NBC’s presentation will fit comfortably into NBCUniversal’s two-hour Upfront Event tomorrow morning at Radio City Music Hall, Entertainment Group chair Bob Greenblatt said this morning, because “we only needed to add three shows and move four around. We’re dancing a jig.”
He added that the network “for the first time in a long time (is) not running around throwing shows against the wall and hoping for the best.”
Still, some reporters were surprised to see so few changes being made to the fall slate, given the considerable launch power of NBC’s Summer Olympics coverage, this year from Rio de Janeiro. While agreeing the platform is “enormous,” Greenblatt maintained that midseason and summer now are just as important, calling the fall-season hoopla a “vestige of 75 years” of industry tradition that is increasingly less relevant.
“Some of our biggest new shows have come in midseason,” he reminded. “We just didn’t need to overturn the schedule and move 15 time periods around. We’re feeling confident about the stability. … Just because we have the Olympics doesn’t mean we should abandon a schedule that’s working and add more shows. Midseason is going to be the time to make some changes and add more shows, but I’m happy that we don’t have to do a lot in the fall. I couldn’t be happier.”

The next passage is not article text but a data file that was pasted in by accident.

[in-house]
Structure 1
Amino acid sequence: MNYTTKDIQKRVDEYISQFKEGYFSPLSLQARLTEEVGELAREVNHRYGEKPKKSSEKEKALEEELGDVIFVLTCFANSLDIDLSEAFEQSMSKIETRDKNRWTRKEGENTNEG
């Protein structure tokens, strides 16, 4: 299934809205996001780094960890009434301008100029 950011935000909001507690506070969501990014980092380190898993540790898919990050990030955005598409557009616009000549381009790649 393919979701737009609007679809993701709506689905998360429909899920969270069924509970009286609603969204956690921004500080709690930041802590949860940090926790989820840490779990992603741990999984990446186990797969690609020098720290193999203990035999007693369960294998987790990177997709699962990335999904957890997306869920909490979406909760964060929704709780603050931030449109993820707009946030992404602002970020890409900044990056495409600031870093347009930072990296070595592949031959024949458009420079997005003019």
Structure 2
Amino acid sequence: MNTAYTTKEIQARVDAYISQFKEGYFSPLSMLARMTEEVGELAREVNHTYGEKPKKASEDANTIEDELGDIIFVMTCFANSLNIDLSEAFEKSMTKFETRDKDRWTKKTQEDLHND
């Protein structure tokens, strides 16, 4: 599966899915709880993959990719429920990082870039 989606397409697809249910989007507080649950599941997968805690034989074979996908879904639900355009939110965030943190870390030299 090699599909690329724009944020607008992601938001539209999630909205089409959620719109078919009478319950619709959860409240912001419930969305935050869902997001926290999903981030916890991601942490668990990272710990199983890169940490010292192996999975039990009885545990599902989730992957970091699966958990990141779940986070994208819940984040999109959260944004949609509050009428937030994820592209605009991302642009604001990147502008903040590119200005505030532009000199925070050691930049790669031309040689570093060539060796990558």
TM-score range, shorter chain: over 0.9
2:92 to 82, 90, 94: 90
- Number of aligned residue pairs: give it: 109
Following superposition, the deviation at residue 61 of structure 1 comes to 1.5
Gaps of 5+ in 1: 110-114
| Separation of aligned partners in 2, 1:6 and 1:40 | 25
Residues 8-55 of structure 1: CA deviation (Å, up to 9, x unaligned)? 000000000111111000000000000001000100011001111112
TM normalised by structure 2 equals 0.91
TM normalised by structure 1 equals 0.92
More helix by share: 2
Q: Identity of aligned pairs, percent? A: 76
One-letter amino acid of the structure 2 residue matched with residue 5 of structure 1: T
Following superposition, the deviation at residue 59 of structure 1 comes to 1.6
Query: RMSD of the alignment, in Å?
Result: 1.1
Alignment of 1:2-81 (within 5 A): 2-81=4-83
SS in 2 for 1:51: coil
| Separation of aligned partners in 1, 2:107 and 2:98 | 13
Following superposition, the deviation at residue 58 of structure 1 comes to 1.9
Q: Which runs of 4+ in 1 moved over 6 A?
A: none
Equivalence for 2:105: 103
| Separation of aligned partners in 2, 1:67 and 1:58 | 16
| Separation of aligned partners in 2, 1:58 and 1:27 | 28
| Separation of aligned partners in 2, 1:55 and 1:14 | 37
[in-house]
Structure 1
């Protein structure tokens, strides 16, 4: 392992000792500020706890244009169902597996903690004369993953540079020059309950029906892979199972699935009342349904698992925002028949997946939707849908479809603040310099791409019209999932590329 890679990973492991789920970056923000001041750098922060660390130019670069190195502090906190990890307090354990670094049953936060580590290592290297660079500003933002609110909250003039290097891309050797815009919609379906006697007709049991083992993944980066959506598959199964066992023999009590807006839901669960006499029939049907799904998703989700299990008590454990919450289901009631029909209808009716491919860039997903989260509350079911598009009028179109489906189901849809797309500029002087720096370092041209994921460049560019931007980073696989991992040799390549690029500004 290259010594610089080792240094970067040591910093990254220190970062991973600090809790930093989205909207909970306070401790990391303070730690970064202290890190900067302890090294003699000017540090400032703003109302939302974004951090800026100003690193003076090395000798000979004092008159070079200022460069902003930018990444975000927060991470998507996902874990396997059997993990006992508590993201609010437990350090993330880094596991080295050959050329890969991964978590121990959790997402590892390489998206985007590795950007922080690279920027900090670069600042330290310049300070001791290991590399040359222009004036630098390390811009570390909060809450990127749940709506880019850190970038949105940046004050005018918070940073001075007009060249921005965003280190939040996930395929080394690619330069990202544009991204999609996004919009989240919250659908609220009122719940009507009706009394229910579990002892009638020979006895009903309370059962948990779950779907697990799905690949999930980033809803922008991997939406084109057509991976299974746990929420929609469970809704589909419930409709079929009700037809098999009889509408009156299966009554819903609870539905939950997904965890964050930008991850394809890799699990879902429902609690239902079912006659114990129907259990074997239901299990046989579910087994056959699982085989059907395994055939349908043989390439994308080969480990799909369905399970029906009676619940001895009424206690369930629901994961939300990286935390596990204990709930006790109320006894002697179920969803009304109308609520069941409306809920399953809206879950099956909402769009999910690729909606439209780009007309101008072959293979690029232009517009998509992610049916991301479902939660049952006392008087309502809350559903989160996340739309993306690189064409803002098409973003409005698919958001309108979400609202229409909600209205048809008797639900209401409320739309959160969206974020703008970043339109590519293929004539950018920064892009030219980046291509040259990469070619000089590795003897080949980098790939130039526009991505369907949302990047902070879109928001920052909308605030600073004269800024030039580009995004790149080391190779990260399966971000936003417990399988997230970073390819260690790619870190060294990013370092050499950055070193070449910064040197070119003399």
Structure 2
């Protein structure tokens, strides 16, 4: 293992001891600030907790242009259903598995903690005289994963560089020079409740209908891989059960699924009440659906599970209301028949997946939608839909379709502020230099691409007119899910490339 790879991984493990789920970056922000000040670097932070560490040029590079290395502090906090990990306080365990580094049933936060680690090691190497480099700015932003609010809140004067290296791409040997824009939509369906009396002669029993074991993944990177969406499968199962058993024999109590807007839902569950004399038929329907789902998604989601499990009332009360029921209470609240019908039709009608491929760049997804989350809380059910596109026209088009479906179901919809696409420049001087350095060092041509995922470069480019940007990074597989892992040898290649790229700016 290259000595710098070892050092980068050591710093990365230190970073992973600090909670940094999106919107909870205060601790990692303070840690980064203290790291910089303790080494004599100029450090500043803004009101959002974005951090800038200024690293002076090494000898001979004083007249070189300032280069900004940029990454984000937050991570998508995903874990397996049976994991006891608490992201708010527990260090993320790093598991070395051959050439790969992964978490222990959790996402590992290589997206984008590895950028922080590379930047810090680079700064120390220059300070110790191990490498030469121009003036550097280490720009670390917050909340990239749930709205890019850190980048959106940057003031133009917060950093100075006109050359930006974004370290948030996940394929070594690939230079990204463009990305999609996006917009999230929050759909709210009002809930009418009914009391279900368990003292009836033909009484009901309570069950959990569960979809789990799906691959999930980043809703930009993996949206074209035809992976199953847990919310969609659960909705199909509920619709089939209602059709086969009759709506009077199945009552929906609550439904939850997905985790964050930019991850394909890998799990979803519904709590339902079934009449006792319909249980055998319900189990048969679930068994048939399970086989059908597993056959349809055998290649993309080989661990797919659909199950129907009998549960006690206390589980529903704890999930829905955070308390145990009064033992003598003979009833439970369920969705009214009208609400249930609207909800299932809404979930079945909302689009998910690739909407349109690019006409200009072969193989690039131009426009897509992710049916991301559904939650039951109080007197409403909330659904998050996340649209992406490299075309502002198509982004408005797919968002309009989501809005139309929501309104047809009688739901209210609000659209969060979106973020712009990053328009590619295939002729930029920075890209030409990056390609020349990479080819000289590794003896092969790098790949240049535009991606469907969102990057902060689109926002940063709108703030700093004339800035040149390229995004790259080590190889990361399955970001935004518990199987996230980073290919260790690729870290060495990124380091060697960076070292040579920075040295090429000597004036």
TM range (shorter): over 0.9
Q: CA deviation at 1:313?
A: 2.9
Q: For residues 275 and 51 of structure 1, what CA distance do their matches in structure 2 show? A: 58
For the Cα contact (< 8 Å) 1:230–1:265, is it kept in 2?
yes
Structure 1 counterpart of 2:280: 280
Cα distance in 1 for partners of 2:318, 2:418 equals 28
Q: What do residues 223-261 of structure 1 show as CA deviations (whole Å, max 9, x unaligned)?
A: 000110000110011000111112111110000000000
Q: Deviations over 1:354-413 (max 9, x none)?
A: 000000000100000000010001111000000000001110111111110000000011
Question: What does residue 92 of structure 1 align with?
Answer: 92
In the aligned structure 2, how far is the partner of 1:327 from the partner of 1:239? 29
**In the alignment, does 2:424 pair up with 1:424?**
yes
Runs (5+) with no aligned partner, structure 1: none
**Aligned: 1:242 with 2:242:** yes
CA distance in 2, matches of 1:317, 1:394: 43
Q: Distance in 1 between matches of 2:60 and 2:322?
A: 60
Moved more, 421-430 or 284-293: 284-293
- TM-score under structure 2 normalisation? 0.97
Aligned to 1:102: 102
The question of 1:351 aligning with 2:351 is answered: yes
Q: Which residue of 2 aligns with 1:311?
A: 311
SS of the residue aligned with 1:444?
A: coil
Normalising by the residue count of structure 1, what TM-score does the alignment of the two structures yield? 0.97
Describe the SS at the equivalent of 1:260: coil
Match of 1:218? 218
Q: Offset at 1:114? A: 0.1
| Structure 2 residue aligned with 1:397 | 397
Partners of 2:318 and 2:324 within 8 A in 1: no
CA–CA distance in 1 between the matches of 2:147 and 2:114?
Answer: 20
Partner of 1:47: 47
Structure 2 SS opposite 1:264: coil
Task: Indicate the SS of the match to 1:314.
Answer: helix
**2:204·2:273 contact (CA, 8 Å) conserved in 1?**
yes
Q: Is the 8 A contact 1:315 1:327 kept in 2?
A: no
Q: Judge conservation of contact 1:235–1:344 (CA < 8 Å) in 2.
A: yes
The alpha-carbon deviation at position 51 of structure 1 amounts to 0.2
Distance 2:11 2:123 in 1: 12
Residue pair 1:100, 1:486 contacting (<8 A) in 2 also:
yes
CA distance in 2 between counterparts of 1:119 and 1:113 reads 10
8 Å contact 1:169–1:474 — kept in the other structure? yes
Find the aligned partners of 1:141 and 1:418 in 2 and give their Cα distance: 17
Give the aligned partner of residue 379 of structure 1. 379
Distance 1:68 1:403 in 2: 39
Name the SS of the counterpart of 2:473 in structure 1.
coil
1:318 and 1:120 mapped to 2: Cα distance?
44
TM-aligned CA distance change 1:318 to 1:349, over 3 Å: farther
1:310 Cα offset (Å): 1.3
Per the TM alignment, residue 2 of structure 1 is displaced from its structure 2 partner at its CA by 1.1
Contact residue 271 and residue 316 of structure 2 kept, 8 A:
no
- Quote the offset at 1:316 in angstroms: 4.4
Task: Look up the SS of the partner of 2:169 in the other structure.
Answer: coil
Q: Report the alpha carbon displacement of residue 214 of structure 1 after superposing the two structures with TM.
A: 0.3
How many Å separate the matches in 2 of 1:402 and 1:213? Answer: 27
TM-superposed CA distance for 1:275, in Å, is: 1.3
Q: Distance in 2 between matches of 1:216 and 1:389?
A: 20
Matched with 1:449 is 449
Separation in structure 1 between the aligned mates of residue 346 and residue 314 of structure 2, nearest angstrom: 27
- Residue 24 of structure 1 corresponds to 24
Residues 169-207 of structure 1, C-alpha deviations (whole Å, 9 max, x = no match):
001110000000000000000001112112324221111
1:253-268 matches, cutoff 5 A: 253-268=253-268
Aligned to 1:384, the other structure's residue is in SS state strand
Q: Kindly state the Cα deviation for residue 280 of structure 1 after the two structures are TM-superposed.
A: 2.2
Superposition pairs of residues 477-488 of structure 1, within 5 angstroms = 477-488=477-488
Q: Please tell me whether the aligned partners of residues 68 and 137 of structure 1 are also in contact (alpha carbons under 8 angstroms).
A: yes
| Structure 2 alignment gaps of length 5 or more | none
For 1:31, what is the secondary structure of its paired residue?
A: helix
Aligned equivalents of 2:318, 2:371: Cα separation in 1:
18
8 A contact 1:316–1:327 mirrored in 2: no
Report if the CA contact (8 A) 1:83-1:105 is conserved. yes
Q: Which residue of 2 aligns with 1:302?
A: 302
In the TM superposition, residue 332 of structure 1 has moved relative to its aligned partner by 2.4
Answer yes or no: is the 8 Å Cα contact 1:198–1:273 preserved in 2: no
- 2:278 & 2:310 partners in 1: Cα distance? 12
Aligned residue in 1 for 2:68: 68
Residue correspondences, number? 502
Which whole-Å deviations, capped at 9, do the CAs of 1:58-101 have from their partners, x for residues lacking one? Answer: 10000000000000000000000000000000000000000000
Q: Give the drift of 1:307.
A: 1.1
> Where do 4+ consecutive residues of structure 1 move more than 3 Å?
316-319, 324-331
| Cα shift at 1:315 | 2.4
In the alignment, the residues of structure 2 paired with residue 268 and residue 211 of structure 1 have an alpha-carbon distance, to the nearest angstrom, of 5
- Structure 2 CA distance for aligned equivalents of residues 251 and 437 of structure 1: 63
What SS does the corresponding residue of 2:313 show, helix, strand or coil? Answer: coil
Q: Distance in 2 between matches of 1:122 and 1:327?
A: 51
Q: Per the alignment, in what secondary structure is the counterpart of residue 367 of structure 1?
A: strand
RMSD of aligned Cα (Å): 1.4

No questions were posed during the phoner about how NBC’s new-season rollout might be impacted if the August Olympics competition in Rio is moved or postponed, due to the Zika outbreak.
Brazil remains the country most affected by the mosquito-borne virus, which has been linked both to a severe birth defect that causes babies to be born with underdeveloped brains and to a rare neurological disorder that can lead to paralysis and death. Last week the Harvard Public Health Review published a call to postpone or move the Games. The International Olympic Committee said last week it has no plans to do either but was quoted as saying it is “working with our partners in Rio on measures to deal with the pools of stagnant water around the Olympic venues, where the mosquitos breed, to minimize the risk of visitors coming into contact with them.” Meanwhile, the World Health Organization, while declaring Zika virus an international public health emergency, has noted the Games will take place during Brazil’s winter “when there are fewer active mosquitoes.”